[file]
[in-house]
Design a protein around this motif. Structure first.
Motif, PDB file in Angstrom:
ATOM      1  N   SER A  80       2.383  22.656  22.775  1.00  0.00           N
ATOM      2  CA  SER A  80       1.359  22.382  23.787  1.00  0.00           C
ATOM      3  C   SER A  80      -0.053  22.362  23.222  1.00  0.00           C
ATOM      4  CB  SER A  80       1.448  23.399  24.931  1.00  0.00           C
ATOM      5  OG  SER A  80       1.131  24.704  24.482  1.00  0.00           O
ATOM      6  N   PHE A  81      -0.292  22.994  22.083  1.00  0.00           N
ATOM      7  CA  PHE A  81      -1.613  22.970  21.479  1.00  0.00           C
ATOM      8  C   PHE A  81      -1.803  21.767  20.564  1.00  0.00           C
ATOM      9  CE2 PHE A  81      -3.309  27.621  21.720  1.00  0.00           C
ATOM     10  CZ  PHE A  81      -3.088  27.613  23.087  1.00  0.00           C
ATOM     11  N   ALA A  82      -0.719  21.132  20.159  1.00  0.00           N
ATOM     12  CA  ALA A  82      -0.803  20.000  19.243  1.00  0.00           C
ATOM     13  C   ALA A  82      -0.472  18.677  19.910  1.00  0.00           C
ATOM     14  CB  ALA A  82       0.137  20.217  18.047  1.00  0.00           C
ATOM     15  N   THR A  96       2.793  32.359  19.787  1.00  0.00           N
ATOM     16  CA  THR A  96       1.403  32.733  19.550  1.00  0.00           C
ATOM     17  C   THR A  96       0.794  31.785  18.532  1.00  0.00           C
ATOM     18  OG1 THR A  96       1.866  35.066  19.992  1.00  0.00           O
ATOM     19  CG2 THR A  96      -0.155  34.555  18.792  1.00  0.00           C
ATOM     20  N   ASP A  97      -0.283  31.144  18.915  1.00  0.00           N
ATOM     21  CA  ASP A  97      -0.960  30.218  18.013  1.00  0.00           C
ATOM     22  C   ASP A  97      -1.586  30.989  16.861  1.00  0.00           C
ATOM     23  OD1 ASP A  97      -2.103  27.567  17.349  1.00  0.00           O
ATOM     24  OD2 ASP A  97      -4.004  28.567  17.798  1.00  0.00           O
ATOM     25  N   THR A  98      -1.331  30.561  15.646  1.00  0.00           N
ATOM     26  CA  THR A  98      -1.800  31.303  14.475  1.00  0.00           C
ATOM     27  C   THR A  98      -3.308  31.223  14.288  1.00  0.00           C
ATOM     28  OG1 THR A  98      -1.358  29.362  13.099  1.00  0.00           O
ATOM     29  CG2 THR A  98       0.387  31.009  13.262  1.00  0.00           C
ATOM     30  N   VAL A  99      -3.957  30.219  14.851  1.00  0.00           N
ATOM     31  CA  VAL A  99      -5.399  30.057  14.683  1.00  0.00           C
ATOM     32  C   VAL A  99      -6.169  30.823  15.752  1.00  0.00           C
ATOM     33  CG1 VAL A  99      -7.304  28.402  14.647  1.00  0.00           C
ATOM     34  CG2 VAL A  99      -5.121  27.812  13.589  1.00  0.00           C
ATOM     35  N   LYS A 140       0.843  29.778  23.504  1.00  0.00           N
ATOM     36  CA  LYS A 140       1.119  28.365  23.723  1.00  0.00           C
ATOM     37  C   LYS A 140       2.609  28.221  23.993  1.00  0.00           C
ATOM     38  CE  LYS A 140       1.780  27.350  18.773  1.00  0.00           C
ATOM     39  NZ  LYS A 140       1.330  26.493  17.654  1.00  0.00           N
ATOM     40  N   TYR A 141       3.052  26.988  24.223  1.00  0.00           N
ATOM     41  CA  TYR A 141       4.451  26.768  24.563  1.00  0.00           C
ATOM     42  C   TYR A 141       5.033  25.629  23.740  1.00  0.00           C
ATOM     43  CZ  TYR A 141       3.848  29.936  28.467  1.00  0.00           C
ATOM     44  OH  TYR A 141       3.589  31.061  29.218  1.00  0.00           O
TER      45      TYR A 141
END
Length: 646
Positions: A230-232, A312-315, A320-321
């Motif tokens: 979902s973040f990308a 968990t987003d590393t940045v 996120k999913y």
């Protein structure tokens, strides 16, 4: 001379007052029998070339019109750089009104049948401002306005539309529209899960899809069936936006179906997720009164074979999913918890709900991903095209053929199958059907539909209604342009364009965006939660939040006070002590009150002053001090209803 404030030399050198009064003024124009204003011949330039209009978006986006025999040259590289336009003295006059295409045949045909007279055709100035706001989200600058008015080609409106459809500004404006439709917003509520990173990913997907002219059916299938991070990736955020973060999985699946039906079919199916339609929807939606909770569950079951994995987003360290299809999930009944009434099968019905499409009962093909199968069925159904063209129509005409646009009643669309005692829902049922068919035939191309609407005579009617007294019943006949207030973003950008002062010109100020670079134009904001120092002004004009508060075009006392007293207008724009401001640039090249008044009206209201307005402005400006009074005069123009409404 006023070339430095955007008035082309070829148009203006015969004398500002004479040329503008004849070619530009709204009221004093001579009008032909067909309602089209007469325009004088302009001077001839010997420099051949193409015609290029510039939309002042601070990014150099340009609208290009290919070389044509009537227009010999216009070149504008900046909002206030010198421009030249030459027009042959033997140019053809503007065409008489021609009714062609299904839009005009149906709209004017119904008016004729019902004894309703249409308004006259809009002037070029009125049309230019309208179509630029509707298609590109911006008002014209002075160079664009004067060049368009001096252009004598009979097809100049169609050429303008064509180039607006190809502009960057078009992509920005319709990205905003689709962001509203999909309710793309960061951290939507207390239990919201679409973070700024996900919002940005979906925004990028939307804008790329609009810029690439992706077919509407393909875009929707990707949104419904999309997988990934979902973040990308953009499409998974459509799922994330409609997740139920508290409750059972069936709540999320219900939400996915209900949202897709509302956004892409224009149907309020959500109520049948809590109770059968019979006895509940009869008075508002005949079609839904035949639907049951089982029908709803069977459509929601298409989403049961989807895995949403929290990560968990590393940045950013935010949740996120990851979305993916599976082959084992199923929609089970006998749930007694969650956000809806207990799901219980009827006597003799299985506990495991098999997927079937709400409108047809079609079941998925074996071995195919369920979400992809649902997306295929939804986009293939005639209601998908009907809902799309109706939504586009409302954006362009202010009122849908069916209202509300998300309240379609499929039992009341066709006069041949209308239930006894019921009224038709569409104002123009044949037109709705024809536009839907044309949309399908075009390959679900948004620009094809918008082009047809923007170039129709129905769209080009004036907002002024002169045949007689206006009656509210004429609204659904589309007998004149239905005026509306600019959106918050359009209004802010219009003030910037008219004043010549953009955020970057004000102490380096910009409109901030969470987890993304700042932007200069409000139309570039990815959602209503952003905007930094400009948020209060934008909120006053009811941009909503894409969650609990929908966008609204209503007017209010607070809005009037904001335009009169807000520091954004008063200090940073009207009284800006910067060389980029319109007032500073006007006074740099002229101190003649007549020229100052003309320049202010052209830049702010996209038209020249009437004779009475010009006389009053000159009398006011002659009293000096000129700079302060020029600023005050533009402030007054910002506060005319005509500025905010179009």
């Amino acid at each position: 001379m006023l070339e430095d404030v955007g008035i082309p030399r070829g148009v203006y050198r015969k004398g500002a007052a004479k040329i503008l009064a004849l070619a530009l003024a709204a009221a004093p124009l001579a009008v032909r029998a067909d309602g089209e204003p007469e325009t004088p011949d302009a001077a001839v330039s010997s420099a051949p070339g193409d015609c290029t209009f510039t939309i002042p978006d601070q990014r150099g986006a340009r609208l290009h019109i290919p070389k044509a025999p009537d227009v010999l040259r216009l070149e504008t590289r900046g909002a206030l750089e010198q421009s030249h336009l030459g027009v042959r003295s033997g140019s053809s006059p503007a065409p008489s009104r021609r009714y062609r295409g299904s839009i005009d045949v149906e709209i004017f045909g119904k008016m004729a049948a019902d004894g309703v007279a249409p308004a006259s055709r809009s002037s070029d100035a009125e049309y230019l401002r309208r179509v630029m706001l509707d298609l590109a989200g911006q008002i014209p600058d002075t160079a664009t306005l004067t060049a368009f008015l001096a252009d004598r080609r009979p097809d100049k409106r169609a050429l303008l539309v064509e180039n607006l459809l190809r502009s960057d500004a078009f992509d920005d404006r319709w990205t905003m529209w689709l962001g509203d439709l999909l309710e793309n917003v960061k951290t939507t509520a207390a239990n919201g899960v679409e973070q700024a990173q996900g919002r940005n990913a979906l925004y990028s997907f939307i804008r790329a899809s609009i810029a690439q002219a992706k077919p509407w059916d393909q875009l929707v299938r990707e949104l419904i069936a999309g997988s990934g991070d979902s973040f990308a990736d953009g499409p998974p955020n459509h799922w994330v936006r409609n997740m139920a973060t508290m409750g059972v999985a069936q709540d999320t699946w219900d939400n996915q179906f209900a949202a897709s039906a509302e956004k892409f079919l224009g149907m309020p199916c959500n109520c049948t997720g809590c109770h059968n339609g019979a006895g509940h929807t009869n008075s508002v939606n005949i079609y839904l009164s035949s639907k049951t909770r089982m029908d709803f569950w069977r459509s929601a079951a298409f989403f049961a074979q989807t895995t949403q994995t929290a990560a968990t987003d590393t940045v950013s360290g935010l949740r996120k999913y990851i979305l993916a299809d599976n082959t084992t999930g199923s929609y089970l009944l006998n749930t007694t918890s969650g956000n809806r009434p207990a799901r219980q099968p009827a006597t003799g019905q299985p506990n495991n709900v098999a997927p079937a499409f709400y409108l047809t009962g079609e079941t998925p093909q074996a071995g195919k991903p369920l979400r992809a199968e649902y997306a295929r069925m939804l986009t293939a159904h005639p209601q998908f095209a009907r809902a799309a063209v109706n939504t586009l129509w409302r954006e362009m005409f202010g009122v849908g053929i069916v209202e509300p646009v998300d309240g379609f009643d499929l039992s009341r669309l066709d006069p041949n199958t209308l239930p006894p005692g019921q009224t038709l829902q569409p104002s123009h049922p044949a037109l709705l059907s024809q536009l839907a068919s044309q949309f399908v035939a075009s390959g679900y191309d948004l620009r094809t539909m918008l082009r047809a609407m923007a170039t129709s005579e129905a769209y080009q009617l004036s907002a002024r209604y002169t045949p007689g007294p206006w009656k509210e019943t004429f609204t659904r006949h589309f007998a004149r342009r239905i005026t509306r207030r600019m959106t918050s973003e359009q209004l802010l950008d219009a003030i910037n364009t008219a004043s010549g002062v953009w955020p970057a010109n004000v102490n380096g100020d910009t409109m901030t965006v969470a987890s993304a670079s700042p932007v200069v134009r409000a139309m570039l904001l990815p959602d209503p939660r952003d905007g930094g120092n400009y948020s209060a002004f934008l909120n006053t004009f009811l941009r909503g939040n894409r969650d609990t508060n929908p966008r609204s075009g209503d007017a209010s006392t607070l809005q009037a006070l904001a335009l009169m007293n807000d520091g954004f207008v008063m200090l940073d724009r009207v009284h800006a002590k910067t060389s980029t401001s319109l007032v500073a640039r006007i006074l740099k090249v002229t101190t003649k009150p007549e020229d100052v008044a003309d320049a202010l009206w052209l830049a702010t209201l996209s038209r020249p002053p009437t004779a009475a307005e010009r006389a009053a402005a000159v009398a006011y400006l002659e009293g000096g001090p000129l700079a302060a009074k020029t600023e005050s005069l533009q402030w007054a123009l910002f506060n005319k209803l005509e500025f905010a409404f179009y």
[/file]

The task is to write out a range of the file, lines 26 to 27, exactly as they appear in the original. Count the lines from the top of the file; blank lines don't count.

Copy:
ATOM     23  OD1 ASP A  97      -2.103  27.567  17.349  1.00  0.00           O
ATOM     24  OD2 ASP A  97      -4.004  28.567  17.798  1.00  0.00           O